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Re: /dev/random for FreeBSD [was: Re: /dev/random for Linux]
In article <[email protected]>, Mark Murray <[email protected]> writes:
>> ? "Gut feel" suggests to me that large ammounts of "predicted" input might
>> be worse than the normal sort of system noise you have been using.
>> But keep in mind that what we're doing is XOR'ing the input data into
>> the pool. (Actually, it's a bit more complicated than that. The input
>> is XOR'ed in with a CRC-like function, generated by taking an
>> irreducible polynomial in GF(2**128). But for the purposes of this
>> argument, you can think of it as XOR.) So since you don't know what the
>> input state of the pool is, you won't know what the output state of the
> I chatted with a colleague at work, and he helped bend my mind right.
> I had the mistaken notion that adding lots of data would "overflow"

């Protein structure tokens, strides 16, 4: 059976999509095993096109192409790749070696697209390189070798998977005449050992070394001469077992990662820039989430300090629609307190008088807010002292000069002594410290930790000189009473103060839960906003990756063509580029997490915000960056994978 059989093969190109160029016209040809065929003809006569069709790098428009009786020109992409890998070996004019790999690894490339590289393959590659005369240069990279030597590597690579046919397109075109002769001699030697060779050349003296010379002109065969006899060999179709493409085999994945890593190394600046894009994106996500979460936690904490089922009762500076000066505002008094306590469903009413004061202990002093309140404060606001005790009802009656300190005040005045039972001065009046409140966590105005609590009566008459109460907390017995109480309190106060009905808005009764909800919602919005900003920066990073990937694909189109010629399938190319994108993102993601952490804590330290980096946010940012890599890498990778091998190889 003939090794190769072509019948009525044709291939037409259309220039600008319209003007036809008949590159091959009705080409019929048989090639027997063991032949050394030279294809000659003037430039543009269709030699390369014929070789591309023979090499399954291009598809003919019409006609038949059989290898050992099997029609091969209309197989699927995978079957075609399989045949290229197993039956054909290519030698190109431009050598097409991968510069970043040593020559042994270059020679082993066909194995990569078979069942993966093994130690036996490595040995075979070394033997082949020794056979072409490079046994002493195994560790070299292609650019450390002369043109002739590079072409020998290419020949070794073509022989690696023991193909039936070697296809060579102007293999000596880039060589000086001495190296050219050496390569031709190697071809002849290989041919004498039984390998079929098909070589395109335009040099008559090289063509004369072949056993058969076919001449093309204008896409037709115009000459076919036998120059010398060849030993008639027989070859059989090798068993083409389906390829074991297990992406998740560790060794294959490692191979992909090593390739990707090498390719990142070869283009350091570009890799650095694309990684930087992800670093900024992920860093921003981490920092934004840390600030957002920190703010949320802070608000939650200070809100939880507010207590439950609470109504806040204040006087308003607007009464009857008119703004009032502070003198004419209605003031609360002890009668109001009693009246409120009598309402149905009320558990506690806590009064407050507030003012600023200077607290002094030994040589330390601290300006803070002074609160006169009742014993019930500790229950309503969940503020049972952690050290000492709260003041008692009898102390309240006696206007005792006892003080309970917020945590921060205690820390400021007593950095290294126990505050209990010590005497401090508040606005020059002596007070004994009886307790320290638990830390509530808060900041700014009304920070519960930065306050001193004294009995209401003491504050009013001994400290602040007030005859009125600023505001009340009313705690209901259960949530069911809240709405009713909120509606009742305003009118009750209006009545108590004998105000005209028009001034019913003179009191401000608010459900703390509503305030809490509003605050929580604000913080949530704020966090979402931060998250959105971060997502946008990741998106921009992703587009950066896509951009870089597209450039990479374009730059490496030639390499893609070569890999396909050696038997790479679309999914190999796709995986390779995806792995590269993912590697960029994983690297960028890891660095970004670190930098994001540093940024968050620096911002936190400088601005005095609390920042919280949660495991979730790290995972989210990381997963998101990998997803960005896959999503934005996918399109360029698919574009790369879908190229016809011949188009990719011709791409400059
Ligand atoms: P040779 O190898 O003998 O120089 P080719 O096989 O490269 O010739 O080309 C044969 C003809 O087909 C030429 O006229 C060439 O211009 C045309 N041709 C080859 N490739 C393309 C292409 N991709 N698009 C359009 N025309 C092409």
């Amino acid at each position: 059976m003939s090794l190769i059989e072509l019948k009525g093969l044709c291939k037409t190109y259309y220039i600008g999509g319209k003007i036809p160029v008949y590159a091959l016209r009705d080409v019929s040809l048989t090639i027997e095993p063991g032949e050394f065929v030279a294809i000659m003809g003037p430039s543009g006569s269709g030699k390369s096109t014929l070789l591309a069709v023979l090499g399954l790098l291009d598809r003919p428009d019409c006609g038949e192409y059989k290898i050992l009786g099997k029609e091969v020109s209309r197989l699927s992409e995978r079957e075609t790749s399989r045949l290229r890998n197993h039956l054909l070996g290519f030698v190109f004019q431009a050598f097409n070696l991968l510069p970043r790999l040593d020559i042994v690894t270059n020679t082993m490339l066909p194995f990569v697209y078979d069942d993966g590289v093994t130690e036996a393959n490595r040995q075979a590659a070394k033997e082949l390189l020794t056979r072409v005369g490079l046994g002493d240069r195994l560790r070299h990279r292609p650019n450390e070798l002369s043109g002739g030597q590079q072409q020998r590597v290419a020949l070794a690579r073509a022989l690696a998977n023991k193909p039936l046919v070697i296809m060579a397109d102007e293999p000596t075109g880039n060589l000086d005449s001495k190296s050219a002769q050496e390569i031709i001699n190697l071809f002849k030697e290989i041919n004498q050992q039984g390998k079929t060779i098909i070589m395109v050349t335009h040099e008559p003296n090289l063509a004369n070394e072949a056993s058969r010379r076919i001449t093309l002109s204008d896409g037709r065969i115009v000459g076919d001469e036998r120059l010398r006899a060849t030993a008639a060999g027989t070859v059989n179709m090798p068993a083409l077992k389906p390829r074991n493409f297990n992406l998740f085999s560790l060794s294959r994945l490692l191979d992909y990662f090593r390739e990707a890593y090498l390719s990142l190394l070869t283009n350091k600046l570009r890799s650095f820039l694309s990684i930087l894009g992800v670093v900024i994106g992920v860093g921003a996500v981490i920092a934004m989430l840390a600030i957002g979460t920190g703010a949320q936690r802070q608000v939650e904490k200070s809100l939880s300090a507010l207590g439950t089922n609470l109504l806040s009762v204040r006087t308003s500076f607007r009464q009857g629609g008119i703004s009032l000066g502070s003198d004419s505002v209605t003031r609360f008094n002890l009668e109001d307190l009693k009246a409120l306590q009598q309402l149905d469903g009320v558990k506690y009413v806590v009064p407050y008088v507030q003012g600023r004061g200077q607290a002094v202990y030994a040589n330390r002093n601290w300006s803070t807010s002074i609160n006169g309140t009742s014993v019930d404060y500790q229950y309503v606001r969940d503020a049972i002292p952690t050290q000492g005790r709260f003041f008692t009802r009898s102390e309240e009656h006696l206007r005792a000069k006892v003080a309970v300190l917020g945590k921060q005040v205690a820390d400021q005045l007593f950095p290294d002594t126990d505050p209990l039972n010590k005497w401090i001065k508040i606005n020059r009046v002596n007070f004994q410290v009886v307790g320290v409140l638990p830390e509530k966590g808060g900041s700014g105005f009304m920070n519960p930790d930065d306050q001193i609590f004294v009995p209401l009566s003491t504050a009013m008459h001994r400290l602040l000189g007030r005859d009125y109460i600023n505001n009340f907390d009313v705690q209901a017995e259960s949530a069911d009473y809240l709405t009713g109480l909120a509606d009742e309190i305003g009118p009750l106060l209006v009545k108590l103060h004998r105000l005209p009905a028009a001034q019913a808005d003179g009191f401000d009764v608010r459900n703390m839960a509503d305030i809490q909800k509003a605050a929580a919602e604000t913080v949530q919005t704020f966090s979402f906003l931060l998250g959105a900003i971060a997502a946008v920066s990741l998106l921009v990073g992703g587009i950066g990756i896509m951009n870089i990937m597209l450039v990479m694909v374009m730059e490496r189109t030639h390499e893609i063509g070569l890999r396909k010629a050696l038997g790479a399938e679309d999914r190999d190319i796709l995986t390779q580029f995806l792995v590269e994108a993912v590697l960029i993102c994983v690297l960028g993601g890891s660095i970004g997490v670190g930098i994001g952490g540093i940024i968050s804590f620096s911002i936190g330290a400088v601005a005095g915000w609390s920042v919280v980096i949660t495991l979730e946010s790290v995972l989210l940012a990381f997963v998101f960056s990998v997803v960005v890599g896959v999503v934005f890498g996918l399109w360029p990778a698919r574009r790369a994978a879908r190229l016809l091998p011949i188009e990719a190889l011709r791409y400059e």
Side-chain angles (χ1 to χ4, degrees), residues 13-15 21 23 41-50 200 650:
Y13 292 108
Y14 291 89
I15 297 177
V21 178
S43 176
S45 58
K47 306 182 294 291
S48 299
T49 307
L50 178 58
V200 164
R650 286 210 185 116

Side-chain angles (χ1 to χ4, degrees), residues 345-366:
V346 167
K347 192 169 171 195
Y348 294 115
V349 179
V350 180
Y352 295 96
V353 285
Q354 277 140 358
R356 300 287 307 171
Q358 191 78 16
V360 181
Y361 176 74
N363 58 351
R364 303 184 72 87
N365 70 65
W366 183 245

> and "dilute" the entropy to an attackable state.
I think the problem is not merely flooding the device with non-random
input data. If you coordinate sucking out entropy with feeding in
non-random data you can suck the real entropy in the system down to zero
while making the driver think it has plenty of randomness. While it's
not clear to me how this would lead to an attack, it would be worrisome.
Sure we spend a lot of money, but that doesn't mean | Tom Weinstein
we *do* anything. -- Washington DC motto | [email protected]